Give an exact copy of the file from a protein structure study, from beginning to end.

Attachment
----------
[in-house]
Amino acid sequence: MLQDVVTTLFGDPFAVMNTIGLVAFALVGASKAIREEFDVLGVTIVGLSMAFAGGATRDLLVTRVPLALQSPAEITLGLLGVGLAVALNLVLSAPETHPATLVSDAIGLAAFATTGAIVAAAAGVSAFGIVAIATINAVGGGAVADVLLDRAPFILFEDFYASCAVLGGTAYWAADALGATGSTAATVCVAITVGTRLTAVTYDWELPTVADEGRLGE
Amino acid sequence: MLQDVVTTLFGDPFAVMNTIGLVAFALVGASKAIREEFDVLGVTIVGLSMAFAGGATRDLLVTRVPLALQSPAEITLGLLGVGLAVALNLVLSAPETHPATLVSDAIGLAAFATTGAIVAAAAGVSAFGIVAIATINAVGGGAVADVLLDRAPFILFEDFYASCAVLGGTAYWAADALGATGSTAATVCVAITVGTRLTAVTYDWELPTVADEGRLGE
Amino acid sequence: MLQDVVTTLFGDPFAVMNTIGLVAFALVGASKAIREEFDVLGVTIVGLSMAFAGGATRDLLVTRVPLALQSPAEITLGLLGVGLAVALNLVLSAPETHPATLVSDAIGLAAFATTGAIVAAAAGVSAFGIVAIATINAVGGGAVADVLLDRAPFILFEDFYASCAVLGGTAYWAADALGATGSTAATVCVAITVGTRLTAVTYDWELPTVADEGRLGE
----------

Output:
[in-house]
Amino acid sequence: MLQDVVTTLFGDPFAVMNTIGLVAFALVGASKAIREEFDVLGVTIVGLSMAFAGGATRDLLVTRVPLALQSPAEITLGLLGVGLAVALNLVLSAPETHPATLVSDAIGLAAFATTGAIVAAAAGVSAFGIVAIATINAVGGGAVADVLLDRAPFILFEDFYASCAVLGGTAYWAADALGATGSTAATVCVAITVGTRLTAVTYDWELPTVADEGRLGE
Amino acid sequence: MLQDVVTTLFGDPFAVMNTIGLVAFALVGASKAIREEFDVLGVTIVGLSMAFAGGATRDLLVTRVPLALQSPAEITLGLLGVGLAVALNLVLSAPETHPATLVSDAIGLAAFATTGAIVAAAAGVSAFGIVAIATINAVGGGAVADVLLDRAPFILFEDFYASCAVLGGTAYWAADALGATGSTAATVCVAITVGTRLTAVTYDWELPTVADEGRLGE
Amino acid sequence: MLQDVVTTLFGDPFAVMNTIGLVAFALVGASKAIREEFDVLGVTIVGLSMAFAGGATRDLLVTRVPLALQSPAEITLGLLGVGLAVALNLVLSAPETHPATLVSDAIGLAAFATTGAIVAAAAGVSAFGIVAIATINAVGGGAVADVLLDRAPFILFEDFYASCAVLGGTAYWAADALGATGSTAATVCVAITVGTRLTAVTYDWELPTVADEGRLGE